OAO Kondopoga

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Aerial photo of the OAO Kondopoga pulp and paper mill

Joint Stock Company Kondopoga (Russian: ОАО «Кондопога») is a Russian pulp and paper production company located in the Republic of Karelia.[1] It is currently the largest in Russia and 7th biggest in Europe newsprint producer with an annual output of 710 tpy.[citation needed] Headquartered in the city of Kondopoga, the company has 7,657 employees.[2] It has two wholly owned subsidiaries and five affiliated companies.[1] The company's stock is traded at the Russian Trading System.[1]

Kondopoga's main product is newsprint, which constitutes 94.8% of the company's overall production.[1] The company exports its newsprint to publishing and printing houses, including many in foreign countries such as the United Kingdom, Germany, Turkey, Sweden, Finland, India, Sri Lanka, Egypt and Latin America.[1] Other products include paper for typewriters, ceramic brick, technical lignosulphonates, fodder yeast and others.[1]

The company was founded in 1929. Every third Russian newspaper is printed on the paper made at "Kondopoga".[3] According to Kommersant, OAO Kondopoga is one of the industry's most successful companies.[4]

History[edit]

The Mill’s construction began in 1922 according to special resolution of the Council of People’s Commissars of RSFSR. German-made “Fullner” PM 1 with 29,500 tpy newsprint capacity came on line 27 June 1929. Machine’s initial speed was 175-200 m/min. The machine was supplied with stone groundwood produced on 3 grinders in groundwood room. Mill’s start-up was supported by Kondopoga hydro power station and heat and power station. These stations were part of a paper mill and provided heat and electric power for the paper machine and three grinders. Two more paper machines, PM 3 and PM 2, had been made in Leningrad and commissioned by 1941. Total annual output amounted to 76,600 tons of paper.

1935 saw the commissioning of sulfite pulp mill consisting of 3 refractory-brick-lined 130 m3 digesters and pulp drying machine. 1940 the Pulp and Paper Mill turned into a fullcycle mill. 1941, when the Great Patriotic War broke out, most of the mill’s equipment was evacuated to the east of the country. The town of Kondopoga and the mill’s production buildings were destroyed during the war. Restoration of the Mill began 24 June 1944, immediately after liberation of Kondopoga. First post-war newsprint was produced on PM 1 in 1947. PM 2 was re-installed in 1948. Paper production restoration was completed after PM 3 had been recommissioned in 1950. The Mill fully restored its pre-war capacity in 1951. 1951 saw commissioning of the heat and power plant with 35 ATU steam boilers and two turbo generators with 7 MWT total capacity.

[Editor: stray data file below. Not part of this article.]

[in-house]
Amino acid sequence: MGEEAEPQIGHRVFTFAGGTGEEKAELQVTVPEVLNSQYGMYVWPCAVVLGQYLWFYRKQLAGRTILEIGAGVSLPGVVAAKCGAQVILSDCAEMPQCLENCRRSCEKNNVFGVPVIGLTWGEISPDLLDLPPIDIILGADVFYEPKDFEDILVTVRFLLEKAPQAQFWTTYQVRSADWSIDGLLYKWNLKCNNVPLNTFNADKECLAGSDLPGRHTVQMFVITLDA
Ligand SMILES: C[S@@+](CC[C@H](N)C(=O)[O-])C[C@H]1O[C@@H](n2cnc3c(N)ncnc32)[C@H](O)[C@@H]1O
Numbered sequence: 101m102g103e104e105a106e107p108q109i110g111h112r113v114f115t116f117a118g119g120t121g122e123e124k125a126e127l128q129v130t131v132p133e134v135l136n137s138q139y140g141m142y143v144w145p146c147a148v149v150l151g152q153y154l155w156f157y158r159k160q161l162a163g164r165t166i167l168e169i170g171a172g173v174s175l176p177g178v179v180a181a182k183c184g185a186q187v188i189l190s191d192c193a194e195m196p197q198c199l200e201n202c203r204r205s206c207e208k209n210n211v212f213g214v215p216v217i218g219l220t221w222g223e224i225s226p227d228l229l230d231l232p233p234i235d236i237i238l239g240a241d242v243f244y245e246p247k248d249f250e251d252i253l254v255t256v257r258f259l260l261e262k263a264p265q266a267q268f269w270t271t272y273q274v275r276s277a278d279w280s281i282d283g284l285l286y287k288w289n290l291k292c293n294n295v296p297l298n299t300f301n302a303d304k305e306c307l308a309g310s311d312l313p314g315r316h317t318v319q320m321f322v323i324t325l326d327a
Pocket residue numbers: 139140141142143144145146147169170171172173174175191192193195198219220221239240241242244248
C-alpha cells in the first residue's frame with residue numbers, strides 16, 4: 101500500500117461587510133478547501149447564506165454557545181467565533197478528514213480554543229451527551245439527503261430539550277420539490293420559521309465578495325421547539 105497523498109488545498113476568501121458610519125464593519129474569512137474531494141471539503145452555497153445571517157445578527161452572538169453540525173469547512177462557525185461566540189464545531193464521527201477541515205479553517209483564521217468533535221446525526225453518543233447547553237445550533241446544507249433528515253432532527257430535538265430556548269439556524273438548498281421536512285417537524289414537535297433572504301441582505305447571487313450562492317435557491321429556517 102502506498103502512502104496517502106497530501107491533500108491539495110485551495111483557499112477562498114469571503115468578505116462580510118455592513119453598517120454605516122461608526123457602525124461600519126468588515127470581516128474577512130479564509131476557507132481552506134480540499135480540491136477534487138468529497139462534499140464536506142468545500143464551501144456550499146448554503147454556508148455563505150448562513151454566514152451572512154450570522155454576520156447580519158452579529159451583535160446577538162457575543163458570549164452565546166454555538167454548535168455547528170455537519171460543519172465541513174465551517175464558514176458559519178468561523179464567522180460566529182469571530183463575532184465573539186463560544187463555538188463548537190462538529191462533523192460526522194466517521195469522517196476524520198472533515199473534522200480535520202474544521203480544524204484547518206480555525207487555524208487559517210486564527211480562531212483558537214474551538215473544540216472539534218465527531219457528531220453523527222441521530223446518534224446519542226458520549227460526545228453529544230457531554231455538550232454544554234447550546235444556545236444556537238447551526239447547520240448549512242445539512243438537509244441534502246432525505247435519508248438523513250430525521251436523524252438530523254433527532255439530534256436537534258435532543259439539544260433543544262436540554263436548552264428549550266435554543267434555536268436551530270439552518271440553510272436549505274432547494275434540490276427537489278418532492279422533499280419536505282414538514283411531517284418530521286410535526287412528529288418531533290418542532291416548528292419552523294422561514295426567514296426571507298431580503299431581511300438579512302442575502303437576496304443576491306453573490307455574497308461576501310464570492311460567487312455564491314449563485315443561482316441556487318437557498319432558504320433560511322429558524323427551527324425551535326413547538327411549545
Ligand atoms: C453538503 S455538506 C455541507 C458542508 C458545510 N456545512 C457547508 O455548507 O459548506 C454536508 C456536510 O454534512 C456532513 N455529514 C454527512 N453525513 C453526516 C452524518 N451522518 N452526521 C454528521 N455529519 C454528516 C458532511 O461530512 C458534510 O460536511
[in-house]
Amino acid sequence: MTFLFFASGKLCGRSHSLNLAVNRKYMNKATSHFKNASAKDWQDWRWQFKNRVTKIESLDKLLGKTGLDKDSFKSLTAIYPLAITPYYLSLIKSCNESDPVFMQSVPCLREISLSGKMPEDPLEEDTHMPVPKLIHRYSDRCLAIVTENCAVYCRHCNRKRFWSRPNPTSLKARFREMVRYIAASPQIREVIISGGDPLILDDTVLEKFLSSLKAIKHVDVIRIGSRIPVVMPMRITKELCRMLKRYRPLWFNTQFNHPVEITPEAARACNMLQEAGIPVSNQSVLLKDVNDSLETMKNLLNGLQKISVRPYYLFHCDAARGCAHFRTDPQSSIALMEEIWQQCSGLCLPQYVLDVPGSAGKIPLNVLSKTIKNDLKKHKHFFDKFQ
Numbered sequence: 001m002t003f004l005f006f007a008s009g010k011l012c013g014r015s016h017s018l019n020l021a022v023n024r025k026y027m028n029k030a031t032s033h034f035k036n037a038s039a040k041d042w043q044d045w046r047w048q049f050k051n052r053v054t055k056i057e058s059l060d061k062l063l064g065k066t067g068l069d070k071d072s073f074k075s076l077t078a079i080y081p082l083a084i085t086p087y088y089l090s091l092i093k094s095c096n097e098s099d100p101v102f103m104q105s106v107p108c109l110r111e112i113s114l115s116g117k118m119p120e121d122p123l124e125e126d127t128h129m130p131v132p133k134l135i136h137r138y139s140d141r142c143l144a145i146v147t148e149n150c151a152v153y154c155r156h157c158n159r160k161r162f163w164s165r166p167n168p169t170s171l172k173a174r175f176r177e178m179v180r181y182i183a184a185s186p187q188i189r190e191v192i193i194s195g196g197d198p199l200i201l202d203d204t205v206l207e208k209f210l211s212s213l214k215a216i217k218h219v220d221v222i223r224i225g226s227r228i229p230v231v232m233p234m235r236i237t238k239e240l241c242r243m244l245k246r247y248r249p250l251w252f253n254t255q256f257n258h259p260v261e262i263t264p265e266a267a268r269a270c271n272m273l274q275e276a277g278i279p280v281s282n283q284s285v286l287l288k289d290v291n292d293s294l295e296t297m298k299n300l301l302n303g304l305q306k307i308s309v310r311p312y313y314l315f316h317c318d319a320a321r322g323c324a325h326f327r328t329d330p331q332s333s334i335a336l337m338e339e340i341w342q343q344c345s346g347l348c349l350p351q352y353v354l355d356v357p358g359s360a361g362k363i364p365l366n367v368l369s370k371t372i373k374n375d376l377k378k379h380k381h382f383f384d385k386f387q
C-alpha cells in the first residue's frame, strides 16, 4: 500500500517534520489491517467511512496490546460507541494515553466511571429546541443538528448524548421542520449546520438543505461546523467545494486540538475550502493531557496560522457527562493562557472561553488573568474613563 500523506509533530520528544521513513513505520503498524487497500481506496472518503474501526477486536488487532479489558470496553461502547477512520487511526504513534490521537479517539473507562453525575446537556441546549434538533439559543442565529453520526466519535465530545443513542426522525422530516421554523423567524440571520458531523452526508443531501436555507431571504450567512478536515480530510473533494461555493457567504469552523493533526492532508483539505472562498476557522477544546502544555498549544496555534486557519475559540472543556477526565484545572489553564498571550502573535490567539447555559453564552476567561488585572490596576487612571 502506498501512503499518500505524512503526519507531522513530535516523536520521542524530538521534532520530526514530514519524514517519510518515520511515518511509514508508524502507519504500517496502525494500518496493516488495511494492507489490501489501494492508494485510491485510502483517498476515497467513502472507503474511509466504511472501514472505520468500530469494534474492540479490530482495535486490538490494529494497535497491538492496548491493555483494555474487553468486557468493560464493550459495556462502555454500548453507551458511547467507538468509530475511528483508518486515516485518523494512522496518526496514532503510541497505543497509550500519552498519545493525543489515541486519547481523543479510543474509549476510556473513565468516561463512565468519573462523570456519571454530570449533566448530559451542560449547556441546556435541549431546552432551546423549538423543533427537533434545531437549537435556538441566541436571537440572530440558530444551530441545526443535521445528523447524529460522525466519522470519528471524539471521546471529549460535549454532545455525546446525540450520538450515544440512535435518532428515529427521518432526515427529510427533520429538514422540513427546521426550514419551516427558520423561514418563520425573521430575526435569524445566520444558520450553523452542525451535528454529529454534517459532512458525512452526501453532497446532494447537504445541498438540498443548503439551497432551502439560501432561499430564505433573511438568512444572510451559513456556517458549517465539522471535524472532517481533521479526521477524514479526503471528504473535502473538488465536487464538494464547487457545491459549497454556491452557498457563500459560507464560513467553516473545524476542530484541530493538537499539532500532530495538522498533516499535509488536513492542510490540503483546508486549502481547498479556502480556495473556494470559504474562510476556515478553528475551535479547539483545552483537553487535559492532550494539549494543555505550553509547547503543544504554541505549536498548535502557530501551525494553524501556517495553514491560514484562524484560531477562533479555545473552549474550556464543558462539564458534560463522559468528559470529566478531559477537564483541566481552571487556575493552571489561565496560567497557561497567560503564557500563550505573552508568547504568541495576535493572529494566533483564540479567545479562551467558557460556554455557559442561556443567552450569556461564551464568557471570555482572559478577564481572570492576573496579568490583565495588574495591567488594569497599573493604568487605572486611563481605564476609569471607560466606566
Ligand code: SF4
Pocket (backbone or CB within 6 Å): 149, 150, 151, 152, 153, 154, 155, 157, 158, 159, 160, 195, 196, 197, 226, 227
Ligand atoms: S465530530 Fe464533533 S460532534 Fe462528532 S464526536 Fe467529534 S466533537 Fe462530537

The most prominent development stage of Kondopoga Pulp & Paper Mill took place according to two CC CPSU and USSR Council of Ministers’ resolutions (1960 and 1976). Four paper machines with total capacity of 305,600 tpy of newsprint were commissioned 1960 through 1965 including: 1960 — PM 6 with 37,000 tpy of newsprint; 1961 — PM5 with 52,000 tpy of newsprint; 1963 — PM 4 with 108,000 tpy of newsprint. It became USSR’s first wide high speed machine. PM 4 was equipped with the latest state-of-the-art machinery at that time. October 1965 — PM7 with 108.000 tpy came on stream. The machine had been the industry’s leader in newsprint production for many years. A new groundwood mill was built in those years featuring 202B Europe grinders and related cleaner equipment. New acid, cleaner and wood preparation departments were built at the chemical pulp mill, the digester room was expanded by adding 3 bimetallic digesters, 160 m3 each.

References[edit]

  1. ^ a b c d e f "Kondopoga KNDOIN:RTS". Financial Times. Retrieved 2009-07-15.
  2. ^ "Kondopoga OAO (P)". Credit Risk Monitor. Retrieved 2009-07-15.
  3. ^ "OPEN JOINT-STOCK COMPANY "KONDOPOGA"". ASMO Press. Retrieved 2009-07-15.
  4. ^ "Timber Industry 1991-2000". Kommersant. Retrieved 2009-07-15.

External links[edit]